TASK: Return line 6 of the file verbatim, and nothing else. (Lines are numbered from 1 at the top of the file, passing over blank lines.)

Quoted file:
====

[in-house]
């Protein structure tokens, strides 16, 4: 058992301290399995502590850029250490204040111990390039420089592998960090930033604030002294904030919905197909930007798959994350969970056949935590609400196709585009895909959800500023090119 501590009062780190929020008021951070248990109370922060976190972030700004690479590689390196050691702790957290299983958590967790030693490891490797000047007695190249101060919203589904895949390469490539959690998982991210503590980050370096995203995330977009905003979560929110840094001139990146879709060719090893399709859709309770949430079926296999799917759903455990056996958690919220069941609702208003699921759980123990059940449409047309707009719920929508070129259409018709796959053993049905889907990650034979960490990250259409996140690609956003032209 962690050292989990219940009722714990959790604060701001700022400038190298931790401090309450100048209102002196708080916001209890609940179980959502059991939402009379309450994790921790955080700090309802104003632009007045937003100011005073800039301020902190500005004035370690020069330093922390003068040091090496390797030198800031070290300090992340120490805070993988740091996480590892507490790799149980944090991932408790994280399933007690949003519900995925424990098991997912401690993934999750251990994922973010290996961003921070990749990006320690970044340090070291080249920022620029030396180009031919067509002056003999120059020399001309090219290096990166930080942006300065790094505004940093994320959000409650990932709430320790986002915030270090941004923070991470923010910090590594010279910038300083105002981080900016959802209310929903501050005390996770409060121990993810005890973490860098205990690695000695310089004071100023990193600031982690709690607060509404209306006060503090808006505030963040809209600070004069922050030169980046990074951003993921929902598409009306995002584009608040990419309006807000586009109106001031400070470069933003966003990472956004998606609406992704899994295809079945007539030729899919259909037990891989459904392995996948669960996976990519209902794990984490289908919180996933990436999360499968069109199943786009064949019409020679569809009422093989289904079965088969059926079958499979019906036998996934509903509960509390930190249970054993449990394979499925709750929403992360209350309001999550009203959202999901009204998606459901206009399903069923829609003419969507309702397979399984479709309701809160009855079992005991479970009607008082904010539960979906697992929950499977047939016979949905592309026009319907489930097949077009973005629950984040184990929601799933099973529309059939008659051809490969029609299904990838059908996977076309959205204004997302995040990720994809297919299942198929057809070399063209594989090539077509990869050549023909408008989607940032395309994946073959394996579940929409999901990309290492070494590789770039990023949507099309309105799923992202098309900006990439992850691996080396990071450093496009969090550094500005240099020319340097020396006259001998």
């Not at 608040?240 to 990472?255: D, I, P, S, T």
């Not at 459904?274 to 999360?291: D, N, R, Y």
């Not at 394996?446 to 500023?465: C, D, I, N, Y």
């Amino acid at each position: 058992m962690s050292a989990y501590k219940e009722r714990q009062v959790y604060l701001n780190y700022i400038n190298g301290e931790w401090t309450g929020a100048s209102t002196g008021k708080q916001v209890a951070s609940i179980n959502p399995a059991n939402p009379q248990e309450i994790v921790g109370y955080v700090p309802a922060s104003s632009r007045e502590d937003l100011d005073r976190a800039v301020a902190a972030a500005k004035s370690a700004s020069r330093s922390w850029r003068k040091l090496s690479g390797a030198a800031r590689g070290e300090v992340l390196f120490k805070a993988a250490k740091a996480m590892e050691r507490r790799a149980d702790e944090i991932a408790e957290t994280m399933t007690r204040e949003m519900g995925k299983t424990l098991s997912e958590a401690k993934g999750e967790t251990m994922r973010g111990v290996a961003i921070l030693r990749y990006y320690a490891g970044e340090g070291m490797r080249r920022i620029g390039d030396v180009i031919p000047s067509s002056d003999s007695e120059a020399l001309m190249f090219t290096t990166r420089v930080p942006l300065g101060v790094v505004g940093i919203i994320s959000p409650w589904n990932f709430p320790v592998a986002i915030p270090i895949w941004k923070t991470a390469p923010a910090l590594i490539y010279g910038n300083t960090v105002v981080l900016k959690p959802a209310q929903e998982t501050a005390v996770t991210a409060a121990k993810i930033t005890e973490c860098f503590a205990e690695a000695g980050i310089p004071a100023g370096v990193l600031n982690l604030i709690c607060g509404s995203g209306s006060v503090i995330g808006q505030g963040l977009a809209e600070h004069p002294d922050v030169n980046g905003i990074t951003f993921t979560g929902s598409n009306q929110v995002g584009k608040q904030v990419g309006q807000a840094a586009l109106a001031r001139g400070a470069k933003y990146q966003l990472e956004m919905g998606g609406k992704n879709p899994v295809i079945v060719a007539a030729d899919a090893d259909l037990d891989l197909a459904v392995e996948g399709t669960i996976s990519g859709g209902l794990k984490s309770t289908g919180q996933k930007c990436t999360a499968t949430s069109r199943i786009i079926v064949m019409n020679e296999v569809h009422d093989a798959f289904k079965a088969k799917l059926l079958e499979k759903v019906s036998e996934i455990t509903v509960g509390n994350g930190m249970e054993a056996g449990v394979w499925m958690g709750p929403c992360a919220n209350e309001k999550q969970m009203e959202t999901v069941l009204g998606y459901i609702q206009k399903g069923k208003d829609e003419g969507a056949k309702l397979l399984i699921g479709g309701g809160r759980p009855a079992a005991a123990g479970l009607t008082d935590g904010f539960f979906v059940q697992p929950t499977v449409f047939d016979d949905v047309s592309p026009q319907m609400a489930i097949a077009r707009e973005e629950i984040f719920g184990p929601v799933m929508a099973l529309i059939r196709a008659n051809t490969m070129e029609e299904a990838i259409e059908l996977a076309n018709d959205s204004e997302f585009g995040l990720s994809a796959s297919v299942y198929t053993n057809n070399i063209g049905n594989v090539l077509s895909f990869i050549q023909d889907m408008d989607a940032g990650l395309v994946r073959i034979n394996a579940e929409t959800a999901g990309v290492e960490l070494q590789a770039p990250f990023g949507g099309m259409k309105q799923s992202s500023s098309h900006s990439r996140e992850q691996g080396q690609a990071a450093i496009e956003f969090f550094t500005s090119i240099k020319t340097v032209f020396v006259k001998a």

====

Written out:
């Amino acid at each position: 058992m962690s050292a989990y501590k219940e009722r714990q009062v959790y604060l701001n780190y700022i400038n190298g301290e931790w401090t309450g929020a100048s209102t002196g008021k708080q916001v209890a951070s609940i179980n959502p399995a059991n939402p009379q248990e309450i994790v921790g109370y955080v700090p309802a922060s104003s632009r007045e502590d937003l100011d005073r976190a800039v301020a902190a972030a500005k004035s370690a700004s020069r330093s922390w850029r003068k040091l090496s690479g390797a030198a800031r590689g070290e300090v992340l390196f120490k805070a993988a250490k740091a996480m590892e050691r507490r790799a149980d702790e944090i991932a408790e957290t994280m399933t007690r204040e949003m519900g995925k299983t424990l098991s997912e958590a401690k993934g999750e967790t251990m994922r973010g111990v290996a961003i921070l030693r990749y990006y320690a490891g970044e340090g070291m490797r080249r920022i620029g390039d030396v180009i031919p000047s067509s002056d003999s007695e120059a020399l001309m190249f090219t290096t990166r420089v930080p942006l300065g101060v790094v505004g940093i919203i994320s959000p409650w589904n990932f709430p320790v592998a986002i915030p270090i895949w941004k923070t991470a390469p923010a910090l590594i490539y010279g910038n300083t960090v105002v981080l900016k959690p959802a209310q929903e998982t501050a005390v996770t991210a409060a121990k993810i930033t005890e973490c860098f503590a205990e690695a000695g980050i310089p004071a100023g370096v990193l600031n982690l604030i709690c607060g509404s995203g209306s006060v503090i995330g808006q505030g963040l977009a809209e600070h004069p002294d922050v030169n980046g905003i990074t951003f993921t979560g929902s598409n009306q929110v995002g584009k608040q904030v990419g309006q807000a840094a586009l109106a001031r001139g400070a470069k933003y990146q966003l990472e956004m919905g998606g609406k992704n879709p899994v295809i079945v060719a007539a030729d899919a090893d259909l037990d891989l197909a459904v392995e996948g399709t669960i996976s990519g859709g209902l794990k984490s309770t289908g919180q996933k930007c990436t999360a499968t949430s069109r199943i786009i079926v064949m019409n020679e296999v569809h009422d093989a798959f289904k079965a088969k799917l059926l079958e499979k759903v019906s036998e996934i455990t509903v509960g509390n994350g930190m249970e054993a056996g449990v394979w499925m958690g709750p929403c992360a919220n209350e309001k999550q969970m009203e959202t999901v069941l009204g998606y459901i609702q206009k399903g069923k208003d829609e003419g969507a056949k309702l397979l399984i699921g479709g309701g809160r759980p009855a079992a005991a123990g479970l009607t008082d935590g904010f539960f979906v059940q697992p929950t499977v449409f047939d016979d949905v047309s592309p026009q319907m609400a489930i097949a077009r707009e973005e629950i984040f719920g184990p929601v799933m929508a099973l529309i059939r196709a008659n051809t490969m070129e029609e299904a990838i259409e059908l996977a076309n018709d959205s204004e997302f585009g995040l990720s994809a796959s297919v299942y198929t053993n057809n070399i063209g049905n594989v090539l077509s895909f990869i050549q023909d889907m408008d989607a940032g990650l395309v994946r073959i034979n394996a579940e929409t959800a999901g990309v290492e960490l070494q590789a770039p990250f990023g949507g099309m259409k309105q799923s992202s500023s098309h900006s990439r996140e992850q691996g080396q690609a990071a450093i496009e956003f969090f550094t500005s090119i240099k020319t340097v032209f020396v006259k001998a």